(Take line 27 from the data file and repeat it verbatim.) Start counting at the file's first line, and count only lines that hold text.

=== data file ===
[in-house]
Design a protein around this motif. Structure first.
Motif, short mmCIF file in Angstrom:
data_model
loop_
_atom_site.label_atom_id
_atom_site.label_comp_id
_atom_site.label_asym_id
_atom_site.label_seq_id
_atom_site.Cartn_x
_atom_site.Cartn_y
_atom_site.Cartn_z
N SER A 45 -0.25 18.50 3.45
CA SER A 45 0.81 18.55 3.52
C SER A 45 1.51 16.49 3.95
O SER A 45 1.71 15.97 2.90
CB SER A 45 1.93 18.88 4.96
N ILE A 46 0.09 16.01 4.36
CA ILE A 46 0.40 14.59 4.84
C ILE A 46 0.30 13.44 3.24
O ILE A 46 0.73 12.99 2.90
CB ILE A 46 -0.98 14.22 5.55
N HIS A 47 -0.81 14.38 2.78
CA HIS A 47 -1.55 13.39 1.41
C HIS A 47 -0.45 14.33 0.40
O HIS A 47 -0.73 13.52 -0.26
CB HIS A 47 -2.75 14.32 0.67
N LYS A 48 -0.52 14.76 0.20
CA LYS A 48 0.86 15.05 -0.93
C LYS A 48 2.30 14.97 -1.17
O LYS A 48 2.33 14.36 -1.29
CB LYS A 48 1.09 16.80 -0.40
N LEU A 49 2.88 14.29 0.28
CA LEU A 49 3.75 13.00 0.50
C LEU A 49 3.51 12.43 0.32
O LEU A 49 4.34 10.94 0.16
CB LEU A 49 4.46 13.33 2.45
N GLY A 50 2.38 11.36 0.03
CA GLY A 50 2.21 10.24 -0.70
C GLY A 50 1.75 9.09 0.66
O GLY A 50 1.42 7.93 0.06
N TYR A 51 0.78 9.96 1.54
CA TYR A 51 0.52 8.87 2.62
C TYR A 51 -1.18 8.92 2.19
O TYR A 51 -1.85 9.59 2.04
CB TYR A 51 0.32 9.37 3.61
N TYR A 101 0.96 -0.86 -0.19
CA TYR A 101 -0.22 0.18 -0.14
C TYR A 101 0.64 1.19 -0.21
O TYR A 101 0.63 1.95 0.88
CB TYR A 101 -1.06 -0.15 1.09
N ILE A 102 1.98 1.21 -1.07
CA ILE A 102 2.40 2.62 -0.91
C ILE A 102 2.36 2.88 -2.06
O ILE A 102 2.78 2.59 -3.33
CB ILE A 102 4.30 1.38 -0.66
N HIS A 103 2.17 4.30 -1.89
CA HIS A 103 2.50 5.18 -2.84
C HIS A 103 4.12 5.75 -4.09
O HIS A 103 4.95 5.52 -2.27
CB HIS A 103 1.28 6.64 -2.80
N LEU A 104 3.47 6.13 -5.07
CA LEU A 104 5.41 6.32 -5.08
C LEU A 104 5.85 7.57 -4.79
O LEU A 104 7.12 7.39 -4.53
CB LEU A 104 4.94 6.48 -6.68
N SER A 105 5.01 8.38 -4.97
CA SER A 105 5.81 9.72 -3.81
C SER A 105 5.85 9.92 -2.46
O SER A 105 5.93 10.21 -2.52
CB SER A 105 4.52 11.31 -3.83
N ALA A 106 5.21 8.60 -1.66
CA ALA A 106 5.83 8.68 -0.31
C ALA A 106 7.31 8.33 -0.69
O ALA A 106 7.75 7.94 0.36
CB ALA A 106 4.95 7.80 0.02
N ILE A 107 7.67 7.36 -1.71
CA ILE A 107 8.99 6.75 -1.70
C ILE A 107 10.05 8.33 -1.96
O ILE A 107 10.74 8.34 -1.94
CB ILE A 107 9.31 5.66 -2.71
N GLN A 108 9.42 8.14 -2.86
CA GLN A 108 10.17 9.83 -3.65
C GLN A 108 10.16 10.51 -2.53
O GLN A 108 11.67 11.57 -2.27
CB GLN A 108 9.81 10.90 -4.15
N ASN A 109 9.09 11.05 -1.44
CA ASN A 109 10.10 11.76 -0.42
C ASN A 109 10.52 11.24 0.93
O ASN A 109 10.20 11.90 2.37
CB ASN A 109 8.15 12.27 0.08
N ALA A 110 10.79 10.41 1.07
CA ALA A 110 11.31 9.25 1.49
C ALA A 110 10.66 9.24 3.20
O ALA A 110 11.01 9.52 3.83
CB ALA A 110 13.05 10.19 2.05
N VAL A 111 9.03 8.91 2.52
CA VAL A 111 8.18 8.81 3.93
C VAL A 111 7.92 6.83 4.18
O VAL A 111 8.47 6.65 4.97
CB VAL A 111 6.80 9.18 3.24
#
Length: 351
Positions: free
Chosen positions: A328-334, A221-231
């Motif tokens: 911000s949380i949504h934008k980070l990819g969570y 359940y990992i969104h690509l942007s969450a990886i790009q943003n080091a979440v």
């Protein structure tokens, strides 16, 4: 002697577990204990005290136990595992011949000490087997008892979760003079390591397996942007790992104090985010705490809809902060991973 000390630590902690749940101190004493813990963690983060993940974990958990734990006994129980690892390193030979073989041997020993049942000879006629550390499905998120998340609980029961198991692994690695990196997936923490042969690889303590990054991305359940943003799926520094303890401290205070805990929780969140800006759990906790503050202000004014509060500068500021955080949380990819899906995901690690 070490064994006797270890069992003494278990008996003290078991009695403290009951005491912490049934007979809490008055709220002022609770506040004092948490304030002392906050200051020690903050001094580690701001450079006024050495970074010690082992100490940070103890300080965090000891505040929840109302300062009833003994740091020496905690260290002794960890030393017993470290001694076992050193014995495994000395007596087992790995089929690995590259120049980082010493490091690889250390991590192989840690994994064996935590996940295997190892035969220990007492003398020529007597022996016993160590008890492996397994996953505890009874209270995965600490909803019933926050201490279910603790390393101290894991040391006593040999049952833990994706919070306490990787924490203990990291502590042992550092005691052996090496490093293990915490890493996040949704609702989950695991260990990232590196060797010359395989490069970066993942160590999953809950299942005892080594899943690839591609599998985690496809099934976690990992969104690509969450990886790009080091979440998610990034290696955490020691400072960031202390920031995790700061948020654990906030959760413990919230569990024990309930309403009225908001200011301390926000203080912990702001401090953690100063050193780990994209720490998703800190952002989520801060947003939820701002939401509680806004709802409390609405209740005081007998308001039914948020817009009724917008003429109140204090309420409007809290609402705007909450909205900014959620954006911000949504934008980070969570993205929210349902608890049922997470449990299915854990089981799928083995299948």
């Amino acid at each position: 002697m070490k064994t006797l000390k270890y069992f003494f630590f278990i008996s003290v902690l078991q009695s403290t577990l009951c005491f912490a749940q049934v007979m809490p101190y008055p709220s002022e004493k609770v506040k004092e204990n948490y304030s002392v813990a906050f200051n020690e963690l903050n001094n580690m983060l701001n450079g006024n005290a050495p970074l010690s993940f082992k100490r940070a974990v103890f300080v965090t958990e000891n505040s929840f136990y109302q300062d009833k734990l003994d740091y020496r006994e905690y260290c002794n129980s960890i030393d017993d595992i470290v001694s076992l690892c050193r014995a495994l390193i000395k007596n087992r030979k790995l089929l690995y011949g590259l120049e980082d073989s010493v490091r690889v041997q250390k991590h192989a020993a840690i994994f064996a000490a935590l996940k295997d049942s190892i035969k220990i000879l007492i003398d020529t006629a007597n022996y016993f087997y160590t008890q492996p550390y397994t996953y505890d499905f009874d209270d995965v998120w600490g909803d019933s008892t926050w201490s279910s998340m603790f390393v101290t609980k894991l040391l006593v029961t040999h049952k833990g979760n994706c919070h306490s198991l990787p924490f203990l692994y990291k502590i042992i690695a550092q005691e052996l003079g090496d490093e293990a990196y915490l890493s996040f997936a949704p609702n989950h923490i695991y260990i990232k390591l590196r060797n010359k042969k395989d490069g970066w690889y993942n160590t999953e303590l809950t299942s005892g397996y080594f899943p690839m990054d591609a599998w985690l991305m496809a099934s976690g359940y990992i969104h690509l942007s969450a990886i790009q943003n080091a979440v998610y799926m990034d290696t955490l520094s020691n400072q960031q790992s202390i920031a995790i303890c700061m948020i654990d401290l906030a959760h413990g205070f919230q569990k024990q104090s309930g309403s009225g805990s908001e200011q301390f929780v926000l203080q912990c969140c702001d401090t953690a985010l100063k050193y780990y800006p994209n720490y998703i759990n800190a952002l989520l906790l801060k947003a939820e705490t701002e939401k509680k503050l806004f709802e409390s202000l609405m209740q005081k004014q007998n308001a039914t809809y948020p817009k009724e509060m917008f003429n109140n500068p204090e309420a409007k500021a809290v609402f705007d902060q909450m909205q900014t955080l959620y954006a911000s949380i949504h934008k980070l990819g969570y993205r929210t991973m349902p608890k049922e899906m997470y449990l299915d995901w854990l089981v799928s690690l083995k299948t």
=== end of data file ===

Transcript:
CB HIS A 47 -2.75 14.32 0.67